The continent of Antarctica is one of the largest on the planet, and surprisingly, it is really difficult to land here. During the summer months, only 2% of the continent is not covered in ice (with steep cliffs along the ocean) and the weather is unpredictable, at best.
We were able to make our only landing on the continent at Brown Bluff. It gets it name because there is, ummm, a brown bluff. I know, I have an incredible grasp of the obvious.
You can see where we are (#21) on the map:
The beach stretched for several kilometres and after coming ashore, the wind really picked up, This is what I thought Antarctica was supposed to be like: blowing snow and extremely cold. I am wearing four layers of clothing and I truly appreciate the parkas we were given as they kept us very warm (and the wind out).
At times, the weather did clear up a bit, but it was still quite frigid.
A lot of Antarctica was formed by volcanic activity, thus are a lot of igneous rocks. There were many large boulders along the shore made from this volcanic rock:
And to give you some scale of size, here is my lovely wife standing next to a boulder:
Adélie Penguins get scared quite easily, so you have to walk carefully and slowly. If you do not do this, a lot of your photographs will look like this:
I kept my distance and used my Nikon D3, Nikon 70-200mm f/2.8G, Nikon TC-20E III Teleconverter to capture these funny little birds. I had my Hydrophobia Rain Cover on the gear as it was snowing heavily at times, so I wanted to protect the camera/lens from excess moisture.
Here are several groups of penguins getting ready to go back to sea to feed:
And of course, we needed the obligatory tourist photograph 🙂
If you are patient enough, you will get some nice closeups – just remember to remain stationary for several minutes (I know, I am repeating myself, but this is so important). I was rewarded with the following images:
The ocean is always full of life in the Antarctic – if you do not see penguins or seals swimming, there will often be other birds.
A Kelp Gull:
And a couple of Cape Petrels:
These two passengers had an interesting way of attracting the penguins (or they hit the bar way too early in the day). I am not sure if the penguins approached them, but I am certain that they felt well rested when they returned to the ship:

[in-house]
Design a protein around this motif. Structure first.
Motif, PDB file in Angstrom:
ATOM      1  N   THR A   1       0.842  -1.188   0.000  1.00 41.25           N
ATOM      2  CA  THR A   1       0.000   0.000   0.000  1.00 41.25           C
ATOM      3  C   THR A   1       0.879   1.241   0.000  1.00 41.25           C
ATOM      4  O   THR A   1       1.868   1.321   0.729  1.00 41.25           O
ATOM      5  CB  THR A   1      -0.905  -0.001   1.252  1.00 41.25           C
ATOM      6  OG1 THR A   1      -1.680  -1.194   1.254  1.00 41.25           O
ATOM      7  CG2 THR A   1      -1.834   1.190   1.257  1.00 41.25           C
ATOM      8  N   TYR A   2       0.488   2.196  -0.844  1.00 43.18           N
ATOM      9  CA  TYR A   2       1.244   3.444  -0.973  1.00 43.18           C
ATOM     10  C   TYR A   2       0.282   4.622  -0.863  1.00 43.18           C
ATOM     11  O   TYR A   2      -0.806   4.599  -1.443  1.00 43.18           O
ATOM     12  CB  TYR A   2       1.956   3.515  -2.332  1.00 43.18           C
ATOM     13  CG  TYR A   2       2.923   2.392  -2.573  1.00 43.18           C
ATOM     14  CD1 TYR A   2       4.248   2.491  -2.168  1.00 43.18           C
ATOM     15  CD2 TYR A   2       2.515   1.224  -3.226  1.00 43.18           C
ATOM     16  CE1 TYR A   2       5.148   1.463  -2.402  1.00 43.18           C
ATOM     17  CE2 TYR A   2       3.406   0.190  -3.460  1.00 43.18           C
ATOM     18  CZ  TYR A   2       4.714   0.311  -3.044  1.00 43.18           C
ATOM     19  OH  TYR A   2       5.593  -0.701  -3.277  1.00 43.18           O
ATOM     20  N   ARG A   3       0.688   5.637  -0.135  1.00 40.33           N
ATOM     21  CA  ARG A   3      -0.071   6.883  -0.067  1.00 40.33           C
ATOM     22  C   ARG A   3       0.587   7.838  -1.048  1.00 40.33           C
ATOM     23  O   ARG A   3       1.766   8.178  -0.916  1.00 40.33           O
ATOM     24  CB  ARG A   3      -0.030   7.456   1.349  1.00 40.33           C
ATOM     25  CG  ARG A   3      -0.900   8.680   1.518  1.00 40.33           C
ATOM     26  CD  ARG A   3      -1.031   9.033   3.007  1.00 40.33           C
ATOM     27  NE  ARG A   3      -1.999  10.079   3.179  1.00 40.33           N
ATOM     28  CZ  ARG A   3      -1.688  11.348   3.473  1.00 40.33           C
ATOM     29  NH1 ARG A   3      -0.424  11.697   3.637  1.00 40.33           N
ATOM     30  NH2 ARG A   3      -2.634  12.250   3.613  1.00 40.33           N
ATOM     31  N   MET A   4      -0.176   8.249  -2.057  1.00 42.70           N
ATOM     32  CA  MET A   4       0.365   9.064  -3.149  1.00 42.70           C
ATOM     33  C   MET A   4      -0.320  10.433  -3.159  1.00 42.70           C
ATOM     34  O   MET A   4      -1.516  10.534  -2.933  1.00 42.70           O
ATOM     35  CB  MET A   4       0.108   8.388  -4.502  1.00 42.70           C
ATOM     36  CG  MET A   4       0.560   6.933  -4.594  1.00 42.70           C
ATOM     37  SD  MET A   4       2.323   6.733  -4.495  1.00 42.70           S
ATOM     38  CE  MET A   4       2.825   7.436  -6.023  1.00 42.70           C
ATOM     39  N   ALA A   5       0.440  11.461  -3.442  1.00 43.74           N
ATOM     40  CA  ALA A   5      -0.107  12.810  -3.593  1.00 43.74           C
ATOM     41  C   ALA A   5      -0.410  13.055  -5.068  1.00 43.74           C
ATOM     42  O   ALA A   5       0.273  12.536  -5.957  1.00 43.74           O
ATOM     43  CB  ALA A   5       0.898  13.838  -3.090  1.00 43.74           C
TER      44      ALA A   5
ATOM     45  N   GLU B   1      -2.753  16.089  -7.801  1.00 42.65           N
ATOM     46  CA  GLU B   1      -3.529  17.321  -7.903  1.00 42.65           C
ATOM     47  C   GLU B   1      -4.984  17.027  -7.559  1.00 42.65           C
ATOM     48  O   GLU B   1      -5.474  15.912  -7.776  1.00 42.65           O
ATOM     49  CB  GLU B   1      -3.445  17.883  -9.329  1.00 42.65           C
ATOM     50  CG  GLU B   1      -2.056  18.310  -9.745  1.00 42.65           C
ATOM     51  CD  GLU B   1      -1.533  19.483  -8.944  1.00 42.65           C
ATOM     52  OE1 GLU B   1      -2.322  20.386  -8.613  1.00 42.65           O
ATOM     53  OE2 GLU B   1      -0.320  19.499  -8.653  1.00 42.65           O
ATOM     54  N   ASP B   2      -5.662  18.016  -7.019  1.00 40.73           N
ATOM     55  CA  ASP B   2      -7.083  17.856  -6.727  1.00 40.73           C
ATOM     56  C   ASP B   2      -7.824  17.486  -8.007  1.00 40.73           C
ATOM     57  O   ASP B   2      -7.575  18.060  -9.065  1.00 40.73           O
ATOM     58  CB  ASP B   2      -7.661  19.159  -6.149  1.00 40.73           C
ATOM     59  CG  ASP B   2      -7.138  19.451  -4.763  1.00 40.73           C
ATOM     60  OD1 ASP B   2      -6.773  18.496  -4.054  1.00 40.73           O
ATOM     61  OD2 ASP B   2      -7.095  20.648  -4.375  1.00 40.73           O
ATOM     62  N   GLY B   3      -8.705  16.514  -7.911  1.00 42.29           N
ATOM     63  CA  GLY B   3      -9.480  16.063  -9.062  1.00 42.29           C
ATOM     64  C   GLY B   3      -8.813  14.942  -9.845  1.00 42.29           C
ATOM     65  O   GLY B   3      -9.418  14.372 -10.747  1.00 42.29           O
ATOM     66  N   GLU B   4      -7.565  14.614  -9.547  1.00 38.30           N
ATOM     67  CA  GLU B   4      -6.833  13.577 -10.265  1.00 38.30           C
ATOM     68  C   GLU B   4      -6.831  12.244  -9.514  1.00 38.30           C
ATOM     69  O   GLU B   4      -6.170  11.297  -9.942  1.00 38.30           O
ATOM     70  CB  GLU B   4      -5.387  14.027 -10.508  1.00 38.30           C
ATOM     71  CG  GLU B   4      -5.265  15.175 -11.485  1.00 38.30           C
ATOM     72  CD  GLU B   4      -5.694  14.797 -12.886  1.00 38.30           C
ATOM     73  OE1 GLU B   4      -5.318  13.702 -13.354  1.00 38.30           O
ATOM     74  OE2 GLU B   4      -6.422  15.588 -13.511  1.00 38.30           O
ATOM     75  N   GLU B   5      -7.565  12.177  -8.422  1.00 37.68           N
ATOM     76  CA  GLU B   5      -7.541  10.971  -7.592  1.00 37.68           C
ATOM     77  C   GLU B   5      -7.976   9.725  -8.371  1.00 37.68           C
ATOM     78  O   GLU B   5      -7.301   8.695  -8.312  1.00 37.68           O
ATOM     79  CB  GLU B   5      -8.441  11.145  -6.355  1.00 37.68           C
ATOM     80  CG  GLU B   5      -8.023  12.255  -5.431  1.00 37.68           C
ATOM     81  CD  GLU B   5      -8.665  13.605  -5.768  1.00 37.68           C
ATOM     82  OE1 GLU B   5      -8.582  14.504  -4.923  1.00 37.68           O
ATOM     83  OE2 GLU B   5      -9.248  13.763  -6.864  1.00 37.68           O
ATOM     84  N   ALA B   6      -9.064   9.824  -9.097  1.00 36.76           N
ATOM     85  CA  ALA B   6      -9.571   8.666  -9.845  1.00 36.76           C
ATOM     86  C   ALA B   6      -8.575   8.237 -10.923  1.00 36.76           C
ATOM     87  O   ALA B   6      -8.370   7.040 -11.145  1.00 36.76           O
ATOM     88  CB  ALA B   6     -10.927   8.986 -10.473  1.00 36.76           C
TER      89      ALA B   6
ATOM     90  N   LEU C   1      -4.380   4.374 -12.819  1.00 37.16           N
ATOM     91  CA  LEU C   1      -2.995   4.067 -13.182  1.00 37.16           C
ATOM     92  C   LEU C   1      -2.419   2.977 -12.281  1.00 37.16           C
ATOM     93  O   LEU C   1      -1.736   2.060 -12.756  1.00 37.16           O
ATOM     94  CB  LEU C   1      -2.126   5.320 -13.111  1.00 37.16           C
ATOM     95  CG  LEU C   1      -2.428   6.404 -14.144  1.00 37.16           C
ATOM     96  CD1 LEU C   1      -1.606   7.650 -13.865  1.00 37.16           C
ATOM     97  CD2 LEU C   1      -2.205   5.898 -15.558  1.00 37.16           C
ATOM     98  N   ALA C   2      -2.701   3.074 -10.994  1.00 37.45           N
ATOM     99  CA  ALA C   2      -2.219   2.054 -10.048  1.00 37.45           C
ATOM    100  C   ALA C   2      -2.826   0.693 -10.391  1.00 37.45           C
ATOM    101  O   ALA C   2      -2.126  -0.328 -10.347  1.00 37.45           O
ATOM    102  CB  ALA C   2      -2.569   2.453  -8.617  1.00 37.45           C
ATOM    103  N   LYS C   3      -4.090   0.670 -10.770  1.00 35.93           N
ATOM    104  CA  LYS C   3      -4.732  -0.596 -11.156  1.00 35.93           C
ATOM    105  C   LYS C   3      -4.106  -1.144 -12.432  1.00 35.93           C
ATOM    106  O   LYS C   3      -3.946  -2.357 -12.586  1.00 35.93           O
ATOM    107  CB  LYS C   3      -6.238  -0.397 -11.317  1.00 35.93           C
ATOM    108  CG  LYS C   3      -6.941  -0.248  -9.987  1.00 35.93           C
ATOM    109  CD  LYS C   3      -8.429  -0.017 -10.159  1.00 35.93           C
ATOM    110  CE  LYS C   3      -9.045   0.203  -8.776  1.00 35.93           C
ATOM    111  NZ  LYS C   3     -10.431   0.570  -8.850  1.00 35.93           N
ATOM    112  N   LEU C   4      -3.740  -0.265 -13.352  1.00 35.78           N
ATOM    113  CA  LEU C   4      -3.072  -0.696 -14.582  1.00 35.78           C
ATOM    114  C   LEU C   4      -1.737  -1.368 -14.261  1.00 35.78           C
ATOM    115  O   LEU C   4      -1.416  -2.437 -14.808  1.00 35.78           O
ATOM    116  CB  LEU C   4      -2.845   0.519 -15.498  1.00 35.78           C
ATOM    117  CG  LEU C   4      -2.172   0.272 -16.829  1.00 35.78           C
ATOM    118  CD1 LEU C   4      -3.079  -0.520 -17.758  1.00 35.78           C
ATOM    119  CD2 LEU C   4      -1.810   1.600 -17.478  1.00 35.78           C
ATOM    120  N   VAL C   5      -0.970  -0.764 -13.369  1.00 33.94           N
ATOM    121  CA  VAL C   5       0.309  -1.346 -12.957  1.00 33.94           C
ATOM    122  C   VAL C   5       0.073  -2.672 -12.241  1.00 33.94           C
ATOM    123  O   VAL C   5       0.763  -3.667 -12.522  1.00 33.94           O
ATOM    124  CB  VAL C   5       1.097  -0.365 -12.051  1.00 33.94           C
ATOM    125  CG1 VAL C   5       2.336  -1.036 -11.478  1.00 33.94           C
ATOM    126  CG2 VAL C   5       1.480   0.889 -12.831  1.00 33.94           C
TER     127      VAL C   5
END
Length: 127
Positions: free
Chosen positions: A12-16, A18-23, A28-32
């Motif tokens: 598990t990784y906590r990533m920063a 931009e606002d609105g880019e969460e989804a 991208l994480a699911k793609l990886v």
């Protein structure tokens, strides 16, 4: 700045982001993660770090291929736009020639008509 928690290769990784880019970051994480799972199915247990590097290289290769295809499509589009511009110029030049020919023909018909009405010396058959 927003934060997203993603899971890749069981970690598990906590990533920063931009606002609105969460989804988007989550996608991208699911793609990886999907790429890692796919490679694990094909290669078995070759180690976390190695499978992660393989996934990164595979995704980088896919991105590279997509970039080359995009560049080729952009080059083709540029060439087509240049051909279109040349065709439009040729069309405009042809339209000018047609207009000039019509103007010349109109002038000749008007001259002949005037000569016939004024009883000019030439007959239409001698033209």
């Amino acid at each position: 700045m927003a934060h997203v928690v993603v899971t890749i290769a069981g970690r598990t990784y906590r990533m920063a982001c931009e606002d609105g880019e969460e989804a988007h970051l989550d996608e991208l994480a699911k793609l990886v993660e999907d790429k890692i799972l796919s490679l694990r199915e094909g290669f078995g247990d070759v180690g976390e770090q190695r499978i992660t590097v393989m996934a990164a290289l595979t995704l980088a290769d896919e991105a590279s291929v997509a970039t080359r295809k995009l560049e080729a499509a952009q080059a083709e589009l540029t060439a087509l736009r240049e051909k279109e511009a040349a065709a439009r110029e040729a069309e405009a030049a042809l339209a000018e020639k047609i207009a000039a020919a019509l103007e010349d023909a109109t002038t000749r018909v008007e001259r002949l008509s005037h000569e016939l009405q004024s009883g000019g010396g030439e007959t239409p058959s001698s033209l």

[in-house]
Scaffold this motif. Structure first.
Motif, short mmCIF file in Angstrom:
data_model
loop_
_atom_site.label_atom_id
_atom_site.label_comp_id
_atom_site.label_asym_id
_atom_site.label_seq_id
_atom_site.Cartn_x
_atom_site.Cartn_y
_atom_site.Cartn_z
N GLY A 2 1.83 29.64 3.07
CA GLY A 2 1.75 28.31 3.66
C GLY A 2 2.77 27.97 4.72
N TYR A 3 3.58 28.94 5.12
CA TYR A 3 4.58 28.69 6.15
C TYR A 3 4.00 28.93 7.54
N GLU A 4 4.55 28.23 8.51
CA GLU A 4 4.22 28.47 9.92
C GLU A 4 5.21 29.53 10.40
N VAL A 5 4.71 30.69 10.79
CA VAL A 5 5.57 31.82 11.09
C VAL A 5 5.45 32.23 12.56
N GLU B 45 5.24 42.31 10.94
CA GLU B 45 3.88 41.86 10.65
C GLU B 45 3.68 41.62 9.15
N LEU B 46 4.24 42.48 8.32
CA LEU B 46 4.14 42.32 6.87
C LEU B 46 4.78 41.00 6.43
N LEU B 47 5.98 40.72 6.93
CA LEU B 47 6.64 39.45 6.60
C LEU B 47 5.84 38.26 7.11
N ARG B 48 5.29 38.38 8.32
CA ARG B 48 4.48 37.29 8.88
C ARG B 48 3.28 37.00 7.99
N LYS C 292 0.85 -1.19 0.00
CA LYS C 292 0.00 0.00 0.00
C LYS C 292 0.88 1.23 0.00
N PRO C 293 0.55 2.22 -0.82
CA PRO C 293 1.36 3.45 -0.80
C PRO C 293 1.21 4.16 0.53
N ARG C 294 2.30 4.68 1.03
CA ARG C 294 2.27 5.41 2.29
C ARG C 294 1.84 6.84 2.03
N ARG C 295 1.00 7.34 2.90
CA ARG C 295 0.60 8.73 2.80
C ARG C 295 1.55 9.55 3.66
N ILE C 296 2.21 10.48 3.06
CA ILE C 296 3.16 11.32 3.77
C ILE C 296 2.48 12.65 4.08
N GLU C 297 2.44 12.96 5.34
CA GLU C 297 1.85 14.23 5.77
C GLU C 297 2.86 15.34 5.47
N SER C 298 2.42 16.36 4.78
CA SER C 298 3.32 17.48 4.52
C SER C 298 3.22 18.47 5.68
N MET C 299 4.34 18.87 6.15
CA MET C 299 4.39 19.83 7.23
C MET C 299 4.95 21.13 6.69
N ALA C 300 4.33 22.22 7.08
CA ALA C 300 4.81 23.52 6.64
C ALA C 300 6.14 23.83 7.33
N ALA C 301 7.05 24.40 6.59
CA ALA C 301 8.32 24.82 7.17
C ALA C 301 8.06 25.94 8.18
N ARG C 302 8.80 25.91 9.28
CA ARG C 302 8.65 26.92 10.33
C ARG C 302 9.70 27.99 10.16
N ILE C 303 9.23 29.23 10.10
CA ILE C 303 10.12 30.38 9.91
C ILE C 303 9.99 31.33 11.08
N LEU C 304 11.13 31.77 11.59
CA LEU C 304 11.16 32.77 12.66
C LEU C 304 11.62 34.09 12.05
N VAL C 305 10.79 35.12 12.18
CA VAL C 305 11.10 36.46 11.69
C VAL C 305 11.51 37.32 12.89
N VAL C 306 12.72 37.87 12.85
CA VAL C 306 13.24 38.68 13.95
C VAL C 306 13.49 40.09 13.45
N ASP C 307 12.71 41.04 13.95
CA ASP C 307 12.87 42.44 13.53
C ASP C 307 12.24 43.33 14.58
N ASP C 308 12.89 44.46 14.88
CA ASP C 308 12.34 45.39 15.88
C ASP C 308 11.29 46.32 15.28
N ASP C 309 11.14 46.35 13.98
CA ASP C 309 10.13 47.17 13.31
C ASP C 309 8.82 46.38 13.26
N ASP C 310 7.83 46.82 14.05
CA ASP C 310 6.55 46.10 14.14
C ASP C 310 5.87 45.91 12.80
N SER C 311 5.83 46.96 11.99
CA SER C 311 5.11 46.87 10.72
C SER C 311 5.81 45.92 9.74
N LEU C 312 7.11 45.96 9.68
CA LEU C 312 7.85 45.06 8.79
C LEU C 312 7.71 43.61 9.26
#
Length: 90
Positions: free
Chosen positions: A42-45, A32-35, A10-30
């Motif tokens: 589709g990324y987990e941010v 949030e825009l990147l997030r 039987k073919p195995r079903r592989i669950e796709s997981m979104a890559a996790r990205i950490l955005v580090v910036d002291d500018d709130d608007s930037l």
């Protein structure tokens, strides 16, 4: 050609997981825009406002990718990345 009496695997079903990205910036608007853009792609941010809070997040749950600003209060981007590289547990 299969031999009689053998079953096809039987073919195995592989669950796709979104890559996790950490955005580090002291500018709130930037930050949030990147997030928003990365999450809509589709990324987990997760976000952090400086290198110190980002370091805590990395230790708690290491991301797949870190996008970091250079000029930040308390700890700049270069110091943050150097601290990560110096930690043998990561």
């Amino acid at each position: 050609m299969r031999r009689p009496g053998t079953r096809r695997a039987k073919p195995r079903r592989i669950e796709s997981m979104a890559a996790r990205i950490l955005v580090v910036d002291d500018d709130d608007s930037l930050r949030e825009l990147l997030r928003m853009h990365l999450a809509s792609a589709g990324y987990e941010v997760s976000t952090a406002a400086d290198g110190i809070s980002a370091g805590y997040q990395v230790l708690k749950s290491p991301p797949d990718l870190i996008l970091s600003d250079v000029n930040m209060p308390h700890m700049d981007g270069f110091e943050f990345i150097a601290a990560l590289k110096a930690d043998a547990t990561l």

By remaining still, I was able to get some of the Adélies to approach me. They came within a metre or so and these little birds can really move. I think they were faster than me in my Wellington boots!
One of the things that amazed me was that glacial ice is blue in colour. I was astounded that the colour was so deep and rich. They really do stand out in Antarctica.
It was getting to be that time again – we had to return to the Ocean Nova. I have to admit the staff on board (expedition, bridge and catering) have been very professional (and really good to the passengers) and this vessel was able to take us places that larger ships were unable to venture into.
Here she is waiting for our return:
One our fellow passengers took a nice tourist photo of me and my wife just before we boarded the zodiacs. Maybe I can play the stunt double in the next movie about the Grim Reaper.
On our way back to the ship, one of the passengers in the zodiac asked if we could take a detour via the icebergs that were in the bay. Damn – these icebergs were simply beautiful and my camera was put away in the wet bag. The bay was really rough and I did not want to take the chance of salt water ruining the Nikon D3. I did however, have my Panasonic GF1 and pancake lens in my outer coat pocket.
Thank goodness I did… I managed to get these images (not bad for a tiny camera):
The little black speck you see on the top of the iceberg in the next image is a lone Adélie Penguin:
Our only visit to the continent was excellent and I am really glad we had the opportunity to do so. We are now going to set sail for the South Shetland Islands and hopefully our first stop will be Deception Island.
This was also our last chance to see an Emperor Penguin and we did not – we were out of luck. We were told not to get our hopes up too high as it is extremely rare to see them this time of year as they have all returned to sea (penguins only return to land to breed). To “reliably” find the Emperor Penguins, it would require a significantly more expensive and difficult voyage (as you need to travel earlier in the season on an icebreaker) than the one we are currently taking.
Our dog told me he has seen an Emperor Penguin:
Clever little guy, isn’t he?
Tonight, we will be passing through Iceberg Alley on the way to the South Shetland Islands and from what I have heard about it, it is unlike anything I have ever seen before.
My eyes are now open even wider and my camera is ready…
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